What parents need to know
Parents Need to Know
Parents need to know that Rocksmith is a music game that provides kids with a way to learn how to play guitar. Players can purchase a bundle that comes with a real guitar ($200) or they can hook up their own guitar to the game using a provided cable. The game offers a collection of more than 50 rock songs to play with, along with some mini-games. Some of the music contains suggestive lyrics that talk about sex or drugs; and one mini-game has you playing guitar to shoot zombies (but it's very cartoon-like).
What's it about?
Just when you though the music game craze was over and done with, Ubisoft is back with the first and only game that lets you plug in any real guitar. This is the idea behind ROCKSMITH, an ambitious offering that goes beyond the likes of Guitar Hero and Rock Band. Whether you use your own guitar or buy the $200 bundle (which includes a Gibson Epiphone Les Paul Jr. guitar), you'll use the bundled cable to plug your guitar into the video game console's USB port or PC and jam along to popular rock songs from today and yesterday. That is, instead of pressing buttons on a plastic peripheral to trigger a sample, you're really playing notes or chords to rack up points. Rocksmith automatically adjusts to your skill level, so the game gets easier if you're having trouble or more difficult if you are rockin' through the songs. Similar to past music games, colored notes fly across the screen and you must press the correct note at the right time. You can also use a variety of in-game effects or "pedals" to tweak the sound, unlock mini-games that sharpen your skills (such as a racing, action and puzzle games), and indulge in a split-screen multiplayer matches with friends or family.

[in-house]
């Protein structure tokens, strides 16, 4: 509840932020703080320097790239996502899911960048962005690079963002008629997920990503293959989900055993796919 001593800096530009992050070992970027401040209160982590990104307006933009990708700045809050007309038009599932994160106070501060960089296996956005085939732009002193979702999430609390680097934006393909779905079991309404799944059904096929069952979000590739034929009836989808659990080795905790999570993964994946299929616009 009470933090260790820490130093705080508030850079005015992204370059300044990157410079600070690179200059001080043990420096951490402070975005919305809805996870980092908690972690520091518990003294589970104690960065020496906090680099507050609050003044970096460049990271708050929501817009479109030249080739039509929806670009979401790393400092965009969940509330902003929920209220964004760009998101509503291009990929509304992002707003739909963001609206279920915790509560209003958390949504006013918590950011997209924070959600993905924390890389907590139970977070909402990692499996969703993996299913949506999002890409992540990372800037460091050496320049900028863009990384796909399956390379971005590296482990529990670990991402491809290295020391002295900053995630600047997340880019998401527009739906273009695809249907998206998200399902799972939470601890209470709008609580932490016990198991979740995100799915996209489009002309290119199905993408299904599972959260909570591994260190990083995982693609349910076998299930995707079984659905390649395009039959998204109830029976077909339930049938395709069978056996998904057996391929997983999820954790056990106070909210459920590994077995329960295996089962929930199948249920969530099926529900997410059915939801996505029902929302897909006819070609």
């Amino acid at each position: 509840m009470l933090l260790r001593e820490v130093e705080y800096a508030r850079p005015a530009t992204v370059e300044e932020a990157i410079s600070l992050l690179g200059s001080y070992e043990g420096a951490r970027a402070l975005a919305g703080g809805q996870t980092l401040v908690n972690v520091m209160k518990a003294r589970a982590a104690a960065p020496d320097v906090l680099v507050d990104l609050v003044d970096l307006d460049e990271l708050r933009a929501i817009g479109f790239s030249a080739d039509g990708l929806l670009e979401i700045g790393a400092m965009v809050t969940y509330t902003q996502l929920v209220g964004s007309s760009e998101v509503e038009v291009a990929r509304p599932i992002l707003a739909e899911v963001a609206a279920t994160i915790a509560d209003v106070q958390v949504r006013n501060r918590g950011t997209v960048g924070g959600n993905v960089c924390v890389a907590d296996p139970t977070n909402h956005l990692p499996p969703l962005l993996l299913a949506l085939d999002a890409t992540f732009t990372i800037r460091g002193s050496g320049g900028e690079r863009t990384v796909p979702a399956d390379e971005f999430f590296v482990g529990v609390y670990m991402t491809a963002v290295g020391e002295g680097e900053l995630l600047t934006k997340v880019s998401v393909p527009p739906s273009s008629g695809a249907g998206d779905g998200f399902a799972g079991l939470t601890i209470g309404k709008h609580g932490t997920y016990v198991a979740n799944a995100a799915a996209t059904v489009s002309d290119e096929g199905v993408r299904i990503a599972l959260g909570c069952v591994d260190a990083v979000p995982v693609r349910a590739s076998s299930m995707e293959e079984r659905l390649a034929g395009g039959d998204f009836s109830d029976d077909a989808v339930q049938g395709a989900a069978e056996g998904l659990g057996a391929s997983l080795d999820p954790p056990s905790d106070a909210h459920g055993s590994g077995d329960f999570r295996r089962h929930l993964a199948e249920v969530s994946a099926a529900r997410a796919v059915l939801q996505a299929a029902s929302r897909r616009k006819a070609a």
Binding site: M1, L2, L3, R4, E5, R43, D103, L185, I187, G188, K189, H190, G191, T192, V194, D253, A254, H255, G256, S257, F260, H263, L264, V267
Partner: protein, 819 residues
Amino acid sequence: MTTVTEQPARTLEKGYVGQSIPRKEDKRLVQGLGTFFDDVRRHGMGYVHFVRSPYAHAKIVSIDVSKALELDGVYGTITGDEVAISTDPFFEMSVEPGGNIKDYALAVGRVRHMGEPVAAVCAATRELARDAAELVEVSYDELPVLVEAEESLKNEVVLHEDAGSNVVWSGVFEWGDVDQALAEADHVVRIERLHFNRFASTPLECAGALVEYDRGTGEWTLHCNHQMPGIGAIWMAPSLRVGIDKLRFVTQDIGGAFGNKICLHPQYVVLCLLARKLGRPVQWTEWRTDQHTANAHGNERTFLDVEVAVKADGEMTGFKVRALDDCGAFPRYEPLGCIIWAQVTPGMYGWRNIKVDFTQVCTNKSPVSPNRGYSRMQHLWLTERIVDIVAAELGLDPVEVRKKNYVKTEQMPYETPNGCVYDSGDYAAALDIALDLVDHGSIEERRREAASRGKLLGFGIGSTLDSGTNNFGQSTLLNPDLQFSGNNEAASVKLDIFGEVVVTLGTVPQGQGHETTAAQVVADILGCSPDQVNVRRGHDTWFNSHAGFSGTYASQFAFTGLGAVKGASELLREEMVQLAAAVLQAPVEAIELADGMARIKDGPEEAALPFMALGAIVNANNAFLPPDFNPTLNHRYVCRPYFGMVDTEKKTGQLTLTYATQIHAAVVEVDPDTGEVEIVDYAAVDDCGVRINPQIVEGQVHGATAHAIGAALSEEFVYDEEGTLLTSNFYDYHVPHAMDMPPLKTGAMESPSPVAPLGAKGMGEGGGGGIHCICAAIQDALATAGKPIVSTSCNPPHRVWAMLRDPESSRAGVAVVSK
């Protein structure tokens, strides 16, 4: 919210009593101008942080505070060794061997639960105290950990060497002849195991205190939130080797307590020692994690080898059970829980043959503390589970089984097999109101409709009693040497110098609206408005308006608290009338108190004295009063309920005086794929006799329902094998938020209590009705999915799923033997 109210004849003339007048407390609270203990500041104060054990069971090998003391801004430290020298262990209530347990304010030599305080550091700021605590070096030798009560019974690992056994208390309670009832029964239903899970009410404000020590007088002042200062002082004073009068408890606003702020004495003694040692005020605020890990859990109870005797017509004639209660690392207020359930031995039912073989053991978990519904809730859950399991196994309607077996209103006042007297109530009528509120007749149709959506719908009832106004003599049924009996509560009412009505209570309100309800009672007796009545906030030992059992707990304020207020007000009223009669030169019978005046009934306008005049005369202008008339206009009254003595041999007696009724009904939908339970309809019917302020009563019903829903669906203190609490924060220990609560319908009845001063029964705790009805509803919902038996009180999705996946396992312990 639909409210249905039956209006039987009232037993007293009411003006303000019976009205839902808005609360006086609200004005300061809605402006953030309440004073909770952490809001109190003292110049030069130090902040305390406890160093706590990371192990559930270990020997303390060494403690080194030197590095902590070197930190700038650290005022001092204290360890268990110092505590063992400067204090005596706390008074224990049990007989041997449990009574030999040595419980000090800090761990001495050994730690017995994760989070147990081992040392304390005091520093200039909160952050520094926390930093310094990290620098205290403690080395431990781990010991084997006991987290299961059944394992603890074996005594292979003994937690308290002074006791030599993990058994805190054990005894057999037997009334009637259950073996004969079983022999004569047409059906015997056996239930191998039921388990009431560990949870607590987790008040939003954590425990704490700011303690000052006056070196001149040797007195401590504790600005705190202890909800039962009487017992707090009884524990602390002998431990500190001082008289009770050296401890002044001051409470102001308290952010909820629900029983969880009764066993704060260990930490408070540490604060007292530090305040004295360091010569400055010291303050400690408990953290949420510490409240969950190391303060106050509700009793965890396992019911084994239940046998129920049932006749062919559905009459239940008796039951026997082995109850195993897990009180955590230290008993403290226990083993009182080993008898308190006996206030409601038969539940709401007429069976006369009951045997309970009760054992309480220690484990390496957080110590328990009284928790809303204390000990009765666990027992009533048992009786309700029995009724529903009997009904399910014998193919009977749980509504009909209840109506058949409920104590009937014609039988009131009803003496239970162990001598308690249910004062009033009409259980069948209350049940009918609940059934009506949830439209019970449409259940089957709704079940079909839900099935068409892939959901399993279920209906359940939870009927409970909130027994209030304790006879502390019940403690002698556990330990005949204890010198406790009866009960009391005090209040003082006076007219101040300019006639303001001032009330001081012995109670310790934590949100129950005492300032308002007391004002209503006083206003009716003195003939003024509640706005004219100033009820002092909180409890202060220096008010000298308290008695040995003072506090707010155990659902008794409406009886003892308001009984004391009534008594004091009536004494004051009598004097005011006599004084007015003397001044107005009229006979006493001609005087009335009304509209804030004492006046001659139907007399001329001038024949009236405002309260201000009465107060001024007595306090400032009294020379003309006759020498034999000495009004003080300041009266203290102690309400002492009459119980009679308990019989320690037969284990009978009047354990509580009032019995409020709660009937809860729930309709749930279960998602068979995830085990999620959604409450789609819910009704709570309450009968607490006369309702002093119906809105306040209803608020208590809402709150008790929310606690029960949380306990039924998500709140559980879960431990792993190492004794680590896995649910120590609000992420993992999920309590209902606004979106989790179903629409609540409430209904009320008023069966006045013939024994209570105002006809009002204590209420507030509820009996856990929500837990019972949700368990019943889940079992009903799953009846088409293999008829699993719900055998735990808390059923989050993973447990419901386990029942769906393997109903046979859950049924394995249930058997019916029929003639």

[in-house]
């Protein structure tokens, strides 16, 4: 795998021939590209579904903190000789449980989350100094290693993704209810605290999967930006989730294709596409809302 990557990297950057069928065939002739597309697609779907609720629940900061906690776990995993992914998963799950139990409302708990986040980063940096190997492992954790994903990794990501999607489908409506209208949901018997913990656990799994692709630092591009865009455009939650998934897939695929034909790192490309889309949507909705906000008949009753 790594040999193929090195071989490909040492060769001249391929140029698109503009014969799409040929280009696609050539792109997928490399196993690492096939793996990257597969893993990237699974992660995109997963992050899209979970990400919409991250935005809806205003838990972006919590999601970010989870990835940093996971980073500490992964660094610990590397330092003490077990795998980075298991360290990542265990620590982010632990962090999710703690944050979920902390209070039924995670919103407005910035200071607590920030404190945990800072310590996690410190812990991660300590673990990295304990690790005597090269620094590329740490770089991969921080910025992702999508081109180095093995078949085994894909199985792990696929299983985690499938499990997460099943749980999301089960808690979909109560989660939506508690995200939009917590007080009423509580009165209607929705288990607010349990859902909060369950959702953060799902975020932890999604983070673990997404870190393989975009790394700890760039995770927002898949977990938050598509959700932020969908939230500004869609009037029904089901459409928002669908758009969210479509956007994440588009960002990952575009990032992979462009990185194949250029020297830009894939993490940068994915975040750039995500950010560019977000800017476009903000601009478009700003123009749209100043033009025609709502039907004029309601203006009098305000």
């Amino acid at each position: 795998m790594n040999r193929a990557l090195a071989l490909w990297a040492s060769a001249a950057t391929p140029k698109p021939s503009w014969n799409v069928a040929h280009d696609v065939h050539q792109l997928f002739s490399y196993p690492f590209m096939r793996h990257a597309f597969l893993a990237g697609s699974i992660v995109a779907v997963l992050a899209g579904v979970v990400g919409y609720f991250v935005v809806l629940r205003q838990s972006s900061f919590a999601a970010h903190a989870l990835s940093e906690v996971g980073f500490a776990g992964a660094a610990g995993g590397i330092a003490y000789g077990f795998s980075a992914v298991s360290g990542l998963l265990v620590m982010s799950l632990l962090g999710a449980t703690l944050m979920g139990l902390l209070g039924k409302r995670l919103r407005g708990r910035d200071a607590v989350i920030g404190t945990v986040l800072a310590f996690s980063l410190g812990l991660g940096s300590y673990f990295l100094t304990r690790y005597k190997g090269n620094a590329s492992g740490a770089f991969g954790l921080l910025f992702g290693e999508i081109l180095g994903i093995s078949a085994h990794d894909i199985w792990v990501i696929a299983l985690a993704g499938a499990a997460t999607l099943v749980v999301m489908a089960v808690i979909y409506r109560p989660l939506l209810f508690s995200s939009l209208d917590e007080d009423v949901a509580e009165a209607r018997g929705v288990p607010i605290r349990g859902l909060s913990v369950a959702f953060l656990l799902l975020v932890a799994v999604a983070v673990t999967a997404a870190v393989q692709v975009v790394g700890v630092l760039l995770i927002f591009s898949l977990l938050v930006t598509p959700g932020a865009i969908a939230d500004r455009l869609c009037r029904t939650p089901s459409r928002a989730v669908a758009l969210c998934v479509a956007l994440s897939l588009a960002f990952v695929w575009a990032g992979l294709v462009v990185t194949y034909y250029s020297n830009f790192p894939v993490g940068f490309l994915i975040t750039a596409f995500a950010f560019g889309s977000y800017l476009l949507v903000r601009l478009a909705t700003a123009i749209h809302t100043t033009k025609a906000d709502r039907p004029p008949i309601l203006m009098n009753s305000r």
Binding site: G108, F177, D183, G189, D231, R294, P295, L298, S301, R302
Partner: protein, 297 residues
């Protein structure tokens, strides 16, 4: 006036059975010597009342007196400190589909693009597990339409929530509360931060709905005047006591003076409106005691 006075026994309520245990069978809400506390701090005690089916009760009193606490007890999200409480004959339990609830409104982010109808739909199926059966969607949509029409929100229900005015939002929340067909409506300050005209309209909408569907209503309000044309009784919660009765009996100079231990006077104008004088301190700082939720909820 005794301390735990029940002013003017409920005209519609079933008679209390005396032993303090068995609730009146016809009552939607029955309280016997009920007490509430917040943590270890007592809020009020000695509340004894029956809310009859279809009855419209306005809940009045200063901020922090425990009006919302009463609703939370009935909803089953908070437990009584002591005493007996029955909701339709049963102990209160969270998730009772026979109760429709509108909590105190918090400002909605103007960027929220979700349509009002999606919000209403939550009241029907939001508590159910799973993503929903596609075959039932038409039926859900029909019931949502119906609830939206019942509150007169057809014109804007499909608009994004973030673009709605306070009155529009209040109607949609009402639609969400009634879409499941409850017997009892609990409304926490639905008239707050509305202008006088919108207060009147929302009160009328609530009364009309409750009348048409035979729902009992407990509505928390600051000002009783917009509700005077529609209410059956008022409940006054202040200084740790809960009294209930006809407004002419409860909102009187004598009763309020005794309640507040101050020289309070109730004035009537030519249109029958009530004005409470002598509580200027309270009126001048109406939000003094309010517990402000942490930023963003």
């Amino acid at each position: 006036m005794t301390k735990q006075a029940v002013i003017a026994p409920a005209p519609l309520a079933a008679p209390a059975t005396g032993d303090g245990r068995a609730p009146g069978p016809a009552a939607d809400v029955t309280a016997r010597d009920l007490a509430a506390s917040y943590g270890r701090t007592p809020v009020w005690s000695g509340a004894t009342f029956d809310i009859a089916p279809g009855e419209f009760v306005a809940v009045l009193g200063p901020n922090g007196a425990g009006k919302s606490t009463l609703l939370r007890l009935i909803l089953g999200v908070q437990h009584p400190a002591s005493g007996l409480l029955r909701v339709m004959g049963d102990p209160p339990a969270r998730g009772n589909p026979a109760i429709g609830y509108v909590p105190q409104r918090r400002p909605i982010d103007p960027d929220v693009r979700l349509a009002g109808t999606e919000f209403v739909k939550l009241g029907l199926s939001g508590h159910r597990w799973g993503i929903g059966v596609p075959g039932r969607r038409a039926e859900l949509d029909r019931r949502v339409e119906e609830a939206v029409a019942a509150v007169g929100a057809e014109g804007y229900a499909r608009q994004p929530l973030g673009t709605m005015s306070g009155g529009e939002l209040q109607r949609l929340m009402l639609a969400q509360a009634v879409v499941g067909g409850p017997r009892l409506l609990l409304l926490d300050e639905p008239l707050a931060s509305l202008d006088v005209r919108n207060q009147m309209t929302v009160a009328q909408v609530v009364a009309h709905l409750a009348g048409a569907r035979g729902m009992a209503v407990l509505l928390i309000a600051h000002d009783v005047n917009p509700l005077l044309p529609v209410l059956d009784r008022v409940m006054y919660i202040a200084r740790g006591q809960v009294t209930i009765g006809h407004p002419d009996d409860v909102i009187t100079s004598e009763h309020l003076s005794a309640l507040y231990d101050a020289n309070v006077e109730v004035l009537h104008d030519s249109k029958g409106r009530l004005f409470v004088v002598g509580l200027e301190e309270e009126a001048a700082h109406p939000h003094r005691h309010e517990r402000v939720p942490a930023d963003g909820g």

Is it any good?
Rocksmith is a good music game, for the most part. The ambitious game is ideal for rock fans who want a taste of playing the real instrument instead of pressing buttons on a fake guitar. By supporting existing guitars (or including one in a bundle), the game offers a bigger value proposition as you can apply what you've learned in the game to the real world and use this interactive entertainment experience to hone your skills. As a game, Rocksmith excels, too, with its impressive library of tracks, dynamic skill adjustment, and enjoyable guitar-based mini-games.
There are a few issues such as some lag -- a timing disparity from when you strum the guitar and when you hear the sound -- that might throw some gamers off, so take heed to the instructions in the box. Plus, visually the game isn't so great and there's no support for other instruments (like drums, bass, vocals, or synthesizer). But for guitar fans with a yen for rock n' roll -- be it beginners, professionals, or somewhere in between -- this music game is a sound investment.
Note: all three versions of the game are the same.
Families can talk about...
Families can talk about whether people still want music games -- even if it lets you play a real guitar. Some gamers might say "been there, done that," while others have been waiting for something like this. Which camp are you in? Do you think this game will take off?
Do you prefer music games or dance games?
|Platforms:||Mac, PlayStation 3, Windows, Xbox 360|
|Price:||$79.99 ($199.99 for guitar bundle)|
|Available online?||Not available online|
|Release date:||October 18, 2011|
|Genre:||Music and Dance|
|ESRB rating:||T for Lyrics, Mild Cartoon Violence (Mac, PlayStation 3, Windows, Xbox 360) |